Friday, August 08, 2008

Searching for Morals and Dogma

by RmOlano

Originaly composed in 16Aug05. Revised, updated and dedicated to Brother Alfred Ferrer of Malinaw Lodge No. 25, San Pablo City, Philippines.

A Brother sometime ago requested an assistance in finding copy of the original documents, which serve as the basis for Albert Pike’s opus Morals and Dogma. It stands to reasons that Pike consulted various references in his book. The catch was that this book was published in 1871 therefore, any references before that time will be a challenge to find. Books such as Clausen's Commentary on Morals and Dogma and the relatively new book, Bridge to Light by Hutchens, which “replaced” Morals and Dogma as a gift to new Scottish Rite Masons, can be valuable sources for understanding Pike’s work. Albert Mackey who introduced Pike to Scottish Rite recognized the diversity of various Scottish Rite degree works. Reportedly, he encouraged Pike to write a standard ritual for the A&ASR. Morals and Dogma came about, the point is that half of Pike work was compilation of other works which the preface of the book declared, “In preparing this work, the Grand Commander has been about equally Author and Complier; since he has extracted quite half its contents from the works of the best writers and philosophic or eloquent thinkers. Perhaps it would have been better and more acceptable if he had extracted more and written less."

Our brother quest to find for materials used in writing the Morals and Dogma is approximating to probing for the references used in writing the Holy Bible. It is important to note that I am not comparing the content of those books/volumes but rather using the analogy of questioning the source of the information. Some people accept them as it is/was, other people often called as freethinkers ask questions such as that. If I may be allowed to say a word regarding freethinking, the first thing to remember is be careful of what you learned for often times, you will find something that might cause you sleepless nights.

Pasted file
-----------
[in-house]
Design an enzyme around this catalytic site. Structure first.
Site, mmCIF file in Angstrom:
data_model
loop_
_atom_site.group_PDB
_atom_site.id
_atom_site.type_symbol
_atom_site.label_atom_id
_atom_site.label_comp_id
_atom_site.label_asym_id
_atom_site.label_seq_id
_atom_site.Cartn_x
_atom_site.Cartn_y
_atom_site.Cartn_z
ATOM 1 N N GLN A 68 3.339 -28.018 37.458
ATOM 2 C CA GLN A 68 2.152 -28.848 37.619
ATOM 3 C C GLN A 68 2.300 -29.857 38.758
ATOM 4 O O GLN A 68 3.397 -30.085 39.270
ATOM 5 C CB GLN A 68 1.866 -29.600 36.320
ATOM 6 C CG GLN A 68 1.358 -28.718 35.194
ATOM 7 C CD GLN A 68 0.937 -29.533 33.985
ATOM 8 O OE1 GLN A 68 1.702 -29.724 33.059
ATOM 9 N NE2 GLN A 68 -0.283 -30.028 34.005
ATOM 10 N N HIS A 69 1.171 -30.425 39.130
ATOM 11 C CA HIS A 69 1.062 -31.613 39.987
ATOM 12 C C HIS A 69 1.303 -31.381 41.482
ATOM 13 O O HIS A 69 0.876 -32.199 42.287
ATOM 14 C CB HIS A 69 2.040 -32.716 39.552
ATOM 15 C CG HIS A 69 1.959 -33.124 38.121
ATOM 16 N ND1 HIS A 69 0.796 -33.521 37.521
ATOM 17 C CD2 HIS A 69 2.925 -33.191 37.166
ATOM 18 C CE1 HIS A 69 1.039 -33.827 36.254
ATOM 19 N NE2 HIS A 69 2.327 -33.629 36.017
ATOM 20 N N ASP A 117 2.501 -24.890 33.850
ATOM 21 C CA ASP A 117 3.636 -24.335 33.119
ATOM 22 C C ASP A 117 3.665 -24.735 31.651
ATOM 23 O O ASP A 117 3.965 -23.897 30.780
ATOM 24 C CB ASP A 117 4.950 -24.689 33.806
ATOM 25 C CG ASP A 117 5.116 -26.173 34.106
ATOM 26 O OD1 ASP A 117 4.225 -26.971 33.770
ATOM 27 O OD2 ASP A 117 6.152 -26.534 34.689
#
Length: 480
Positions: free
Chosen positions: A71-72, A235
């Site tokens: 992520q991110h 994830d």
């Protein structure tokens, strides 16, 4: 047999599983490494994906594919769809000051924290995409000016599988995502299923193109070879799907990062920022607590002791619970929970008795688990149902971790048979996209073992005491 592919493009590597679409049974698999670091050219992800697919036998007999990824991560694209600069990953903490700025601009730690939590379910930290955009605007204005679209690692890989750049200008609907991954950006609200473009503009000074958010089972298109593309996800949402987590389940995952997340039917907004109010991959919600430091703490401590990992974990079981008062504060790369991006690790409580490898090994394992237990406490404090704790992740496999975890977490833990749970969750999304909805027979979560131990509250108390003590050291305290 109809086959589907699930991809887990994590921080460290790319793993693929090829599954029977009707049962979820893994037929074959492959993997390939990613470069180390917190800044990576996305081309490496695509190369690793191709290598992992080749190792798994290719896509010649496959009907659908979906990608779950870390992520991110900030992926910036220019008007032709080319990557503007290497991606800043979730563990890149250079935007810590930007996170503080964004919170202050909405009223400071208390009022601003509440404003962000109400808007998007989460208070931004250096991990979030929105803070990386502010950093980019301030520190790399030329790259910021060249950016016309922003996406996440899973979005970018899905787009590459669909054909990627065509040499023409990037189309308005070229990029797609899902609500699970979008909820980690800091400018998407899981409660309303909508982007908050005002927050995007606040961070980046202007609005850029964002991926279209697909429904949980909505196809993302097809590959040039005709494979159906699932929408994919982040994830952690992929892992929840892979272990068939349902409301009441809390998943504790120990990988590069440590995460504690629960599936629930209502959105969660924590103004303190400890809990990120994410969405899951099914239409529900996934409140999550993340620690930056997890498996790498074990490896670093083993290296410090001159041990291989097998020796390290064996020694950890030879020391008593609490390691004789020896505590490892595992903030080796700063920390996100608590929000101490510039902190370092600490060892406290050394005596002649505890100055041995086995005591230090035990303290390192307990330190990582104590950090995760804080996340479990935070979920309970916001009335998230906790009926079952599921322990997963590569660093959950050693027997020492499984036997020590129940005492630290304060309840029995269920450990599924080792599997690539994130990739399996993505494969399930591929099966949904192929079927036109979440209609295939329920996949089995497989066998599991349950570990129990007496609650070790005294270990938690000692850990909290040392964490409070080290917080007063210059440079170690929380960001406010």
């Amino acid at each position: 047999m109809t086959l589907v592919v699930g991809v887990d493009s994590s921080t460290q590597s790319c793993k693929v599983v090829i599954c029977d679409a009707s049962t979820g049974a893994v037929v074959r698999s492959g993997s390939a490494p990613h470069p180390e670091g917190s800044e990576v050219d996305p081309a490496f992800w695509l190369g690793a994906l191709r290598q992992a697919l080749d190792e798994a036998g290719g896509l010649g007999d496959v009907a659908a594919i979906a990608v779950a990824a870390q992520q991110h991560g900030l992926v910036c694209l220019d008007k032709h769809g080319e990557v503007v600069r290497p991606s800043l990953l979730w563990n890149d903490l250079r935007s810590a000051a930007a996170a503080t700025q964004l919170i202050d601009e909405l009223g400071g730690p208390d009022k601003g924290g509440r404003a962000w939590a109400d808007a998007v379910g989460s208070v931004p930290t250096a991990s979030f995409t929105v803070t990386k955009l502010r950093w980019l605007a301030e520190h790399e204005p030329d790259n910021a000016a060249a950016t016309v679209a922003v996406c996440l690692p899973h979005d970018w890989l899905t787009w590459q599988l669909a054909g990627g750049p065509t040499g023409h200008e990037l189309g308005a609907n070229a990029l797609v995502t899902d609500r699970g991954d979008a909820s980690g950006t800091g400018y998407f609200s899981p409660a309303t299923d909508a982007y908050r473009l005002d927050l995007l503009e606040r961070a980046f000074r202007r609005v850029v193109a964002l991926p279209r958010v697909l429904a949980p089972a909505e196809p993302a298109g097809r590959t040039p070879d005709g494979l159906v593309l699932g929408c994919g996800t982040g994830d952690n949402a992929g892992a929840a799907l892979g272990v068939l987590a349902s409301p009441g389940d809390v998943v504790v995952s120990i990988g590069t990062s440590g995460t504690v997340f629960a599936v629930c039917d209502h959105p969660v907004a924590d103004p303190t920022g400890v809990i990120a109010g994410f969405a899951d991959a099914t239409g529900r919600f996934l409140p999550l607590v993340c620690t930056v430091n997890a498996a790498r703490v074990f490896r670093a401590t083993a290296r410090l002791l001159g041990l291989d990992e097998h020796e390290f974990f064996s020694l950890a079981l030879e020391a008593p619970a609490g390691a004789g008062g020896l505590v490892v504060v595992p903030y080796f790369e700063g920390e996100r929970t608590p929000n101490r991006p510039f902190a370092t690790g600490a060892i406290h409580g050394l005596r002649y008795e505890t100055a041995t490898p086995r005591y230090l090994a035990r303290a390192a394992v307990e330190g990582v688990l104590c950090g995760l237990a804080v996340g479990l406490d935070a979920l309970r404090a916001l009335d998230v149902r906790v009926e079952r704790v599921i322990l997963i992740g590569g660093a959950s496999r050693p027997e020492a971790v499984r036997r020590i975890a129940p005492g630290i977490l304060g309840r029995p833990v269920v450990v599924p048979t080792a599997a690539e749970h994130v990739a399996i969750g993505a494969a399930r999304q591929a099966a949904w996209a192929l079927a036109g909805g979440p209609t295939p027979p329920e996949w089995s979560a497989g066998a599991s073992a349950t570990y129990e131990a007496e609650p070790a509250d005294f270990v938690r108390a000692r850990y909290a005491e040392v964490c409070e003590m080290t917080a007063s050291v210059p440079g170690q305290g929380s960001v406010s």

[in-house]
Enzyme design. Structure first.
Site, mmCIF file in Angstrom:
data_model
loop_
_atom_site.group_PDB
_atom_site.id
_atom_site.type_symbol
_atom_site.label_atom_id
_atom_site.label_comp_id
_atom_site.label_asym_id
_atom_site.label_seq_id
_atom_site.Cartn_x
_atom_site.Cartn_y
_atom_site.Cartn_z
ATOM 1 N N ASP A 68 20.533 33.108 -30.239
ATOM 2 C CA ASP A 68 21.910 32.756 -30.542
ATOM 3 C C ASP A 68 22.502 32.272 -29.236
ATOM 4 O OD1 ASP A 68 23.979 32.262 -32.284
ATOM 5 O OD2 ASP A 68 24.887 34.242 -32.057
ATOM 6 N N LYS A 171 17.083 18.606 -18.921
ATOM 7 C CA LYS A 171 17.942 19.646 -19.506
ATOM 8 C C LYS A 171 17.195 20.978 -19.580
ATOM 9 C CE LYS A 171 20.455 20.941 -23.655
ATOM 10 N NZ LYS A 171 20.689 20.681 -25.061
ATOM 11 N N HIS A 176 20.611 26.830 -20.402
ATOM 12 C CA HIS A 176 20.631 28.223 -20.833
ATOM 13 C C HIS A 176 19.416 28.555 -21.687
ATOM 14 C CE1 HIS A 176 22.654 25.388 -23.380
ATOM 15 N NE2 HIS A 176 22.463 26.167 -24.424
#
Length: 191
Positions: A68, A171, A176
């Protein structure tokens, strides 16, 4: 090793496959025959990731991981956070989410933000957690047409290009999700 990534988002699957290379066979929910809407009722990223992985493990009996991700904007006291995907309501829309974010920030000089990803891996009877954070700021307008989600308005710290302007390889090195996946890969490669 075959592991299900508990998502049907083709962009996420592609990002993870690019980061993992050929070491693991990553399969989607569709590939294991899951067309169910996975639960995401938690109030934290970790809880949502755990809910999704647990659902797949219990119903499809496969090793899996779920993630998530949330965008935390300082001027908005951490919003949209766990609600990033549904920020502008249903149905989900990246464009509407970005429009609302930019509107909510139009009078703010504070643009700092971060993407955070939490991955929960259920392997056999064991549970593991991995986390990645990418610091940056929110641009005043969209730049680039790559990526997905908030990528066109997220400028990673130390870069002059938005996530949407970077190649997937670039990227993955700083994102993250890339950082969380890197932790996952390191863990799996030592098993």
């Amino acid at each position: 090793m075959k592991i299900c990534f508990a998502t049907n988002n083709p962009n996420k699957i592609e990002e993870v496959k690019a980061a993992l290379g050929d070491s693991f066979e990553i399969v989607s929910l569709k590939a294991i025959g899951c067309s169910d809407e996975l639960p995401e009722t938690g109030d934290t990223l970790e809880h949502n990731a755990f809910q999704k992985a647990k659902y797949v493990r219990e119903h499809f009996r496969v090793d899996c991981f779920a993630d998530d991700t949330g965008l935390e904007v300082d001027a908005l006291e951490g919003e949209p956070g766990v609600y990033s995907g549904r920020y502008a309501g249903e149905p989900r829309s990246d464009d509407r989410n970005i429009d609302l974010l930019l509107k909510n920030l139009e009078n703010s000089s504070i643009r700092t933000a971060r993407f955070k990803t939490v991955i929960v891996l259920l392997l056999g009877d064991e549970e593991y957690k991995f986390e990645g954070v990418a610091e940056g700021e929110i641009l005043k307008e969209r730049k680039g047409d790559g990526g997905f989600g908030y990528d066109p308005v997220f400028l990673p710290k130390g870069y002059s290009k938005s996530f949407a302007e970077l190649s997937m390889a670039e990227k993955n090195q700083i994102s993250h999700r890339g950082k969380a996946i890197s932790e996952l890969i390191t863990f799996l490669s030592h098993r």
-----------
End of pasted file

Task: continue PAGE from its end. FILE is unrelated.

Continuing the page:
The familiar definition of Freemasonry coined by the author of Morals and Dogma in 1888 was that “… it is a system of morality veiled in allegories and illustrated by symbols.” Another way of interpretation can be offered as a way of life through adoption of collection of thoughts on how to live in a righteous conduct rather than laws or custom without attracting undue attention though the use of partly concealed or decorated representation of actions or models codified by symbols or signs. A lesson we can learn from the study the Craft is to see beyond corporeal presentation, to view the symbols for the message it meant to convey and its impact to our consciousness. The transformation from Operative to Speculative Masonry changes many literal meaning of the words and symbols used in the Craft’s rituals. Though today’s Freemasons do not physically utilize the trowel for building temples, we are instructed its use for more noble and glorious purpose. In our contemporary times, no one is expected to actually carry out the penalty of violating the Masonic Obligations, as this oath is also a symbol of its own accord. This Masonic Degrees requirement for advancement is more than a vow but also a lesson in Freemasonry, which briefly be boiled down to a tenet of an honest man honor his word. A major lesson one could learn from Master Mason Degree is about embarking into a journey of discovery. The ritual presented a tragic event through veiled drama and at the end, all Master Masons leaned of the Substitute Word and left to wonder what is the real Word.